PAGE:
In some adaptive equalization systems, the parameters of the receiver equalization filter are set using a predetermined pilot signal (a training sequence), which is periodically sent from the transmitter to the receiver. The received training sequence is compared with a known training sequence to derive the parameters of the equalization filter. After several iterations of parameter settings derived from successive training sequences, the receiver equalization filter converges to a setting that tends to compensate for the distortion characteristics of the communications channel.

[0007]
In blind equalization systems, the parameters of the receiver equalizer filter are typically derived from the received signal itself without using a training sequence. In some prior art systems, the equalizer parameters are adjusted using a Least Mean Squares (LMS) algorithm, in which the training symbols are replaced with hard decisions, or best estimates of the original input symbols. A similar algorithm, referred to as a Recursive Least Squares (RLS) algorithm, has also been used for adaptive filter equalization in receivers.

[0008]
Some other existing systems use another algorithm, called a Constant Modulus Algorithm (CMA), in combination with an LMS algorithm. The CMA algorithm is usually used first to calculate equalizer filter parameters, which are regarded as an initial estimate. Thereafter, the equalizer filter parameters (as calculated by the CMA algorithm) are typically used in an acquisition mode to find the initial equalizer filter parameters to start the LMS algorithm.

[0009]
Existing adaptive filter algorithms usually involve performing a gradient search based on a mean square error as the performance metric. The CMA algorithm and the LMS algorithm are typically implemented with a gradient descent strategy. However, it can be a complex task to compute derivatives or to compute a gradient, and may even lead to a system of equations that can not be solved. Further, the number of quality or performance metrics that can be used to drive such algorithms is limited due to the need to compute gradients.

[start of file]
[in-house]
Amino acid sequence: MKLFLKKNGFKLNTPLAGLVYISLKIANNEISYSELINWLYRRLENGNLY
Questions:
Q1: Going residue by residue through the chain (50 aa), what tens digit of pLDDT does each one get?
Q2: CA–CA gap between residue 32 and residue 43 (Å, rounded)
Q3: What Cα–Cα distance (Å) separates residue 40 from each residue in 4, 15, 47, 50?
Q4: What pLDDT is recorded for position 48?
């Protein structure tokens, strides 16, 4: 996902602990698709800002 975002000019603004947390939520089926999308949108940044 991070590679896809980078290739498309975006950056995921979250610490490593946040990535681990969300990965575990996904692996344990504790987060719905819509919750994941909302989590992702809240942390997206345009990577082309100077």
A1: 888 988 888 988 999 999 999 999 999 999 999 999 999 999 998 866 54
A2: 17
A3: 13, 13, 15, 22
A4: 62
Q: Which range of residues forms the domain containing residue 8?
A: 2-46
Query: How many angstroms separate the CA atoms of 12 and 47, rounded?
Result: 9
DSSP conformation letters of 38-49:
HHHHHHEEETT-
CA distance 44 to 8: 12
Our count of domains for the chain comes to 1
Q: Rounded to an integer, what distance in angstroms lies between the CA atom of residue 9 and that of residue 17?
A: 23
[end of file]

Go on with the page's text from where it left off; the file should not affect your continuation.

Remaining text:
SUMMARY OF THE INVENTION

[0010]
One form of the present invention provides an adaptive transmit equalizer for equalizing digital symbols to be transmitted over a communications channel. The equalizer includes a transmit filter having an associated register for storing at least one filter coefficient. A tuning engine generates performance metric values based on digital symbols received through the communications channel. The tuning engine is configured to identify at least one filter coefficient based on the performance metric values using a simplex algorithm. The tuning engine is configured to communicate the at least one updated filter coefficient to the transmit filter for storage in the register.
BRIEF DESCRIPTION OF THE DRAWINGS

[0011]
[0011]FIG. 1 is block diagram illustrating a prior art communication system.

[0012]